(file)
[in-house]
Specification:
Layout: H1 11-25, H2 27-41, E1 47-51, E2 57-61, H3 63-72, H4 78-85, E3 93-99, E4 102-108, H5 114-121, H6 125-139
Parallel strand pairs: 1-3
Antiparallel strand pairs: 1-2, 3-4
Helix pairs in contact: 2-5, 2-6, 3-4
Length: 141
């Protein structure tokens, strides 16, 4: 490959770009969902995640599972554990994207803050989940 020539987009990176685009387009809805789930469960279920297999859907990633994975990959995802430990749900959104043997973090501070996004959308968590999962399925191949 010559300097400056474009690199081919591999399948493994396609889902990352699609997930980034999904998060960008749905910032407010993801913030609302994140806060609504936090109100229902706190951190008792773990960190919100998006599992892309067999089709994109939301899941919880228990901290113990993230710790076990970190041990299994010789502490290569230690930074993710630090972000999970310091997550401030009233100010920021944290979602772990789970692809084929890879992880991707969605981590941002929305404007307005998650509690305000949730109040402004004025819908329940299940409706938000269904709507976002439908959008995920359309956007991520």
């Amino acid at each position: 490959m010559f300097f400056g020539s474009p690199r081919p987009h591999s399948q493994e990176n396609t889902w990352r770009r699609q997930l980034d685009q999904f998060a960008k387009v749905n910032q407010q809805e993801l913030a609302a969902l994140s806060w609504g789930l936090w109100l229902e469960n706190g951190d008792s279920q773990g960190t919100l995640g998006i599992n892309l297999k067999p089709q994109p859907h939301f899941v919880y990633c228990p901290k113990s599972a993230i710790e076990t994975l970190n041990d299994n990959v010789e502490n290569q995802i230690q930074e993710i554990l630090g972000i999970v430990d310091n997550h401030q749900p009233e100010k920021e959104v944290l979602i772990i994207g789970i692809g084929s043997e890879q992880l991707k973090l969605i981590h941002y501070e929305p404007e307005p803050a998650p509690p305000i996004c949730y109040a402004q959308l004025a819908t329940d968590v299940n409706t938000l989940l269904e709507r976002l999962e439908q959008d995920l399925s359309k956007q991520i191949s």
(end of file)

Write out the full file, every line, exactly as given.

[in-house]
Specification:
Layout: H1 11-25, H2 27-41, E1 47-51, E2 57-61, H3 63-72, H4 78-85, E3 93-99, E4 102-108, H5 114-121, H6 125-139
Parallel strand pairs: 1-3
Antiparallel strand pairs: 1-2, 3-4
Helix pairs in contact: 2-5, 2-6, 3-4
Length: 141
């Protein structure tokens, strides 16, 4: 490959770009969902995640599972554990994207803050989940 020539987009990176685009387009809805789930469960279920297999859907990633994975990959995802430990749900959104043997973090501070996004959308968590999962399925191949 010559300097400056474009690199081919591999399948493994396609889902990352699609997930980034999904998060960008749905910032407010993801913030609302994140806060609504936090109100229902706190951190008792773990960190919100998006599992892309067999089709994109939301899941919880228990901290113990993230710790076990970190041990299994010789502490290569230690930074993710630090972000999970310091997550401030009233100010920021944290979602772990789970692809084929890879992880991707969605981590941002929305404007307005998650509690305000949730109040402004004025819908329940299940409706938000269904709507976002439908959008995920359309956007991520």
């Amino acid at each position: 490959m010559f300097f400056g020539s474009p690199r081919p987009h591999s399948q493994e990176n396609t889902w990352r770009r699609q997930l980034d685009q999904f998060a960008k387009v749905n910032q407010q809805e993801l913030a609302a969902l994140s806060w609504g789930l936090w109100l229902e469960n706190g951190d008792s279920q773990g960190t919100l995640g998006i599992n892309l297999k067999p089709q994109p859907h939301f899941v919880y990633c228990p901290k113990s599972a993230i710790e076990t994975l970190n041990d299994n990959v010789e502490n290569q995802i230690q930074e993710i554990l630090g972000i999970v430990d310091n997550h401030q749900p009233e100010k920021e959104v944290l979602i772990i994207g789970i692809g084929s043997e890879q992880l991707k973090l969605i981590h941002y501070e929305p404007e307005p803050a998650p509690p305000i996004c949730y109040a402004q959308l004025a819908t329940d968590v299940n409706t938000l989940l269904e709507r976002l999962e439908q959008d995920l399925s359309k956007q991520i191949s």